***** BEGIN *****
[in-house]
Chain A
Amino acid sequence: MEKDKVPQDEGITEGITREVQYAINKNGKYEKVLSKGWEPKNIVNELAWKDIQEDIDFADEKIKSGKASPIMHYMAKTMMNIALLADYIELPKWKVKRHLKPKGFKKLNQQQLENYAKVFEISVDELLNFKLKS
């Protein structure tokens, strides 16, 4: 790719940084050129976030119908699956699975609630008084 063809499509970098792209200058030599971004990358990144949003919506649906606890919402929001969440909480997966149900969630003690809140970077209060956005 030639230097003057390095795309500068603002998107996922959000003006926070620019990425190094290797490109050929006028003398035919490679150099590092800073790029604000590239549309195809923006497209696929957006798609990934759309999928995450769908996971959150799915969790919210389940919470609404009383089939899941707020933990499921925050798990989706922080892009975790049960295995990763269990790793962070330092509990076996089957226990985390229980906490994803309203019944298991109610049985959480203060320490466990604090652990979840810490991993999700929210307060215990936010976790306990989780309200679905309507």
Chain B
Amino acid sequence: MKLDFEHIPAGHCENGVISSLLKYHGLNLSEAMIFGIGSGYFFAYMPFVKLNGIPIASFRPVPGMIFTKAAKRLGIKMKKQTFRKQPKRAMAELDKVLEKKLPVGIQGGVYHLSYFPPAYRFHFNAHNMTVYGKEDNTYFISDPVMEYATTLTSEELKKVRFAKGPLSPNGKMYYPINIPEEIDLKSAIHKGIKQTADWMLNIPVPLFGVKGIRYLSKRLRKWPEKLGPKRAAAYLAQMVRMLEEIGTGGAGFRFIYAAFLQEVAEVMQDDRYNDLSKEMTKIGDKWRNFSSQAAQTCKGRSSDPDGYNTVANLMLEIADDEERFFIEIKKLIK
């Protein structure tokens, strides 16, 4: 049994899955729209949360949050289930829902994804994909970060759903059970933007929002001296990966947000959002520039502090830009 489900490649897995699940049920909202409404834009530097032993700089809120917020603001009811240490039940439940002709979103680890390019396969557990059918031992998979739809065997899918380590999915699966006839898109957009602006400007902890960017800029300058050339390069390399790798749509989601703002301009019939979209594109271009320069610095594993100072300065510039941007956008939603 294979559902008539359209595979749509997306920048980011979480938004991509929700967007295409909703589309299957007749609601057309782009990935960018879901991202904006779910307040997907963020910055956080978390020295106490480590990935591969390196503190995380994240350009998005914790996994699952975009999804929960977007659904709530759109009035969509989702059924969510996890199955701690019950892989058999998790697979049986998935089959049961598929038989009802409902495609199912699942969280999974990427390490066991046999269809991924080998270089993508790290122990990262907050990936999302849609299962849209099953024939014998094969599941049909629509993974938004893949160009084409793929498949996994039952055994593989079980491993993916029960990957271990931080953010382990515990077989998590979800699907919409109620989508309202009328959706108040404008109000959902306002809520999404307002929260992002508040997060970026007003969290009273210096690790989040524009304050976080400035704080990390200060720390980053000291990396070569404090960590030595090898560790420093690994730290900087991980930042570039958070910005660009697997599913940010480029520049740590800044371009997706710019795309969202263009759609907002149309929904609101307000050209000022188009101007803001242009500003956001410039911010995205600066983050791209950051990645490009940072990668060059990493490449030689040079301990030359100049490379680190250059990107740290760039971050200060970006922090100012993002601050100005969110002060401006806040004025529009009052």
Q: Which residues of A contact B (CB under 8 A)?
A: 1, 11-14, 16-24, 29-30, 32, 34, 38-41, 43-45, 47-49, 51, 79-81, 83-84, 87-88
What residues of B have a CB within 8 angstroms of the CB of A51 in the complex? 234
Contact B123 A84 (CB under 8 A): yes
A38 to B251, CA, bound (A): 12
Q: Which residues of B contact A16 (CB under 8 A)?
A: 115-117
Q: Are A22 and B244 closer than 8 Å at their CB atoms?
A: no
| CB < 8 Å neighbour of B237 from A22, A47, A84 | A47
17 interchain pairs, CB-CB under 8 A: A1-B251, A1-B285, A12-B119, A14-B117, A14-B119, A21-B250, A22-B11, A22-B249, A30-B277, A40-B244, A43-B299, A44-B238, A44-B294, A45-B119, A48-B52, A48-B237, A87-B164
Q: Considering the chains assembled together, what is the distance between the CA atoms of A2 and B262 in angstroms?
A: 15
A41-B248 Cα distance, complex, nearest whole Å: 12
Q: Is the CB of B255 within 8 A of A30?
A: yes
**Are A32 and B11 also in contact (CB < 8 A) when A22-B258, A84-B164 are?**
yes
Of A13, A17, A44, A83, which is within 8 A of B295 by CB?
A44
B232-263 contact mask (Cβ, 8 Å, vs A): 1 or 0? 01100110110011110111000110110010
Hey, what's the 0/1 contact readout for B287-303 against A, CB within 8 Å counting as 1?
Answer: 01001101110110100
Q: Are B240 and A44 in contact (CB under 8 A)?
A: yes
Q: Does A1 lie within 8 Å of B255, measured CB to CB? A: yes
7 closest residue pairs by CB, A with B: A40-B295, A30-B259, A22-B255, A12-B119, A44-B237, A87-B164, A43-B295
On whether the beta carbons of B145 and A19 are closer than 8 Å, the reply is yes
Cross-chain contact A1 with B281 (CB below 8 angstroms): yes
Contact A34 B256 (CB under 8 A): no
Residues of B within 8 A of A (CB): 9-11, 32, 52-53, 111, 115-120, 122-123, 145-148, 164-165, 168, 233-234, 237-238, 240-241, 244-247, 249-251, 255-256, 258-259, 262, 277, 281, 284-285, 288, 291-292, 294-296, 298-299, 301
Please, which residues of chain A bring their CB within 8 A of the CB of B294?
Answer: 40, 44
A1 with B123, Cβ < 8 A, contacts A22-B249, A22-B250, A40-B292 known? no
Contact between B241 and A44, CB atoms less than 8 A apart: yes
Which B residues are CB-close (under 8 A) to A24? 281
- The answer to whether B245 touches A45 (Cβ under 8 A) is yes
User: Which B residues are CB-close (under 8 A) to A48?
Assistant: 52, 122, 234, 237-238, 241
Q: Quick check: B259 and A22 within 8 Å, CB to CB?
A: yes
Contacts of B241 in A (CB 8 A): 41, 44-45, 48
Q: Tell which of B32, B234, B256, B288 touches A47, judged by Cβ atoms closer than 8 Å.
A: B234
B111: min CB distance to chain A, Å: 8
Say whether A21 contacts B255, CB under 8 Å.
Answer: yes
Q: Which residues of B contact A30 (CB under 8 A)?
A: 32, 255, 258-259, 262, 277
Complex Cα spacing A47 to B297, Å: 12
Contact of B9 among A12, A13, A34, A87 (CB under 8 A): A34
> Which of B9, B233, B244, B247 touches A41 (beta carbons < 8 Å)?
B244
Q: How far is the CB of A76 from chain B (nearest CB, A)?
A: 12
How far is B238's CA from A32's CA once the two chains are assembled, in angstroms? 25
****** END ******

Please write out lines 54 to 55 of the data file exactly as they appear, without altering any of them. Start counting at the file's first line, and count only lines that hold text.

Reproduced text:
Answer: yes
Q: Which residues of B contact A30 (CB under 8 A)?